The union also submitted a complaint to the Maine Labor Relations Board in January to determine whether the chief has violated labor laws — claims the town has denied. The board, which hears disputes between workers and their employers, issued a letter last week to say there was enough evidence in the initial complaint to move forward to a hearing, which has not been scheduled.
Neither the chief, the town manager, nor the town’s mayor learned about the March 27 vote of no confidence until the Bangor Daily News contacted them for comment on Thursday.
The union is “trying to embarrass the man because they couldn’t in the way they did so the first time” by prompting the internal investigation, said Bickmore’s attorney, John Richardson. He provided the BDN with a copy of the confidential report produced after the internal investigation into the chief.
Bickmore declined to comment.
After independently reaching out to the BDN, District Attorney Maeghan Maloney praised Bickmore and “how much he’s improved the department in Pittsfield.”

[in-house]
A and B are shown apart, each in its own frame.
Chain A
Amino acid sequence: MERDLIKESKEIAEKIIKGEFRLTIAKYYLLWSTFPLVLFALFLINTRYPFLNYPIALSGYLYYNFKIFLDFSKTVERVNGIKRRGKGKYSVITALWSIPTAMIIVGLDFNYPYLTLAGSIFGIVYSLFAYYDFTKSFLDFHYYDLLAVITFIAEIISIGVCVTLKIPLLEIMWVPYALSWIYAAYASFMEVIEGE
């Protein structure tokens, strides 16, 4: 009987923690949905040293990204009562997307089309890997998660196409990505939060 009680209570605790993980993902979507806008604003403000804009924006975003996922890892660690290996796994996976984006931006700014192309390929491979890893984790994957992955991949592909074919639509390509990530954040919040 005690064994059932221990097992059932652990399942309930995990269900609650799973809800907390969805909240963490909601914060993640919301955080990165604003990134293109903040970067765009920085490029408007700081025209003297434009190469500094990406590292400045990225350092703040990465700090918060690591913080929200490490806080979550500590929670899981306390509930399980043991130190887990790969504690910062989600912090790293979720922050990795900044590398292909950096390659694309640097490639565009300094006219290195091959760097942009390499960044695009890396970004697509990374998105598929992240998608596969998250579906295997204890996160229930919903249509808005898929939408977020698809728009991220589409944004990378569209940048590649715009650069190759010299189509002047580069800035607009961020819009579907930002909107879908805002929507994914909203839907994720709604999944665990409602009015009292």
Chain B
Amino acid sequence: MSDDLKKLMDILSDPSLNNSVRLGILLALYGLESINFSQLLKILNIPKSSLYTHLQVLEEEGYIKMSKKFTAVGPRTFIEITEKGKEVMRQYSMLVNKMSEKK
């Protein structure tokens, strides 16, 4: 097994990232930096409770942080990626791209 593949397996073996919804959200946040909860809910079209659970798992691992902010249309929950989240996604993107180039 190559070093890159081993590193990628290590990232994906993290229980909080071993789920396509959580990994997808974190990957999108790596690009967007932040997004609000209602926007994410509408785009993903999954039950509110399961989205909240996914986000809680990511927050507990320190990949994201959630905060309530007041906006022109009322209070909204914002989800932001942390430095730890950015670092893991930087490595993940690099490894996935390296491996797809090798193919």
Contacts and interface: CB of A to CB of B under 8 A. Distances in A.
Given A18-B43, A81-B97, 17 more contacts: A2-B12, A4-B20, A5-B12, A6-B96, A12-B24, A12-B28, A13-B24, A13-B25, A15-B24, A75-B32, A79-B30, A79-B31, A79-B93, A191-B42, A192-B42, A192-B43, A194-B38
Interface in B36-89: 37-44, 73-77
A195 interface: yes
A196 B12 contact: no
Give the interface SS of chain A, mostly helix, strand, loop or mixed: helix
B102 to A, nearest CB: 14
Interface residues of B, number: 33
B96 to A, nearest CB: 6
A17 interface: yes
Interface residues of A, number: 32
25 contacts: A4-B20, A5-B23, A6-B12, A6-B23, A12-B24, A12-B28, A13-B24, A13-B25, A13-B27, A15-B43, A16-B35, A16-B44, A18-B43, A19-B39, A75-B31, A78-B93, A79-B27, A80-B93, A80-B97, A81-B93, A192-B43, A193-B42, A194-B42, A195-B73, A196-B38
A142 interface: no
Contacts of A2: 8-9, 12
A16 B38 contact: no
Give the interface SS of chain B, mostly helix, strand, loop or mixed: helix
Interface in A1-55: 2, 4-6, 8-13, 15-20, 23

The Pittsfield police officers see things differently. Bickmore violated their union contract during the hiring process of a school resource officer and allegedly retaliated against two officers by pursuing disciplinary actions against them, according to the union’s complaint before the Maine Labor Relations Board.
The officers accused him of attempting to convince the union to switch to a new bargaining agent where a friend of his works — an allegation the investigator hired by the town dismissed — and trying to discuss a pending grievance outside the presence of their union representative.
Officers also asserted that Bickmore inappropriately joked around with his service weapon and publicly claimed he could “make an innocent person look guilty,” according to the internal investigation. The investigator reprimanded the chief for the former and didn’t make a definitive finding on the latter.
The union also described two instances where Bickmore allegedly mishandled two police matters, the first involving an impaired driver’s crash report and another where he used a scale from a nearby business to weigh seized marijuana. The investigator found some fault with the chief in both instances.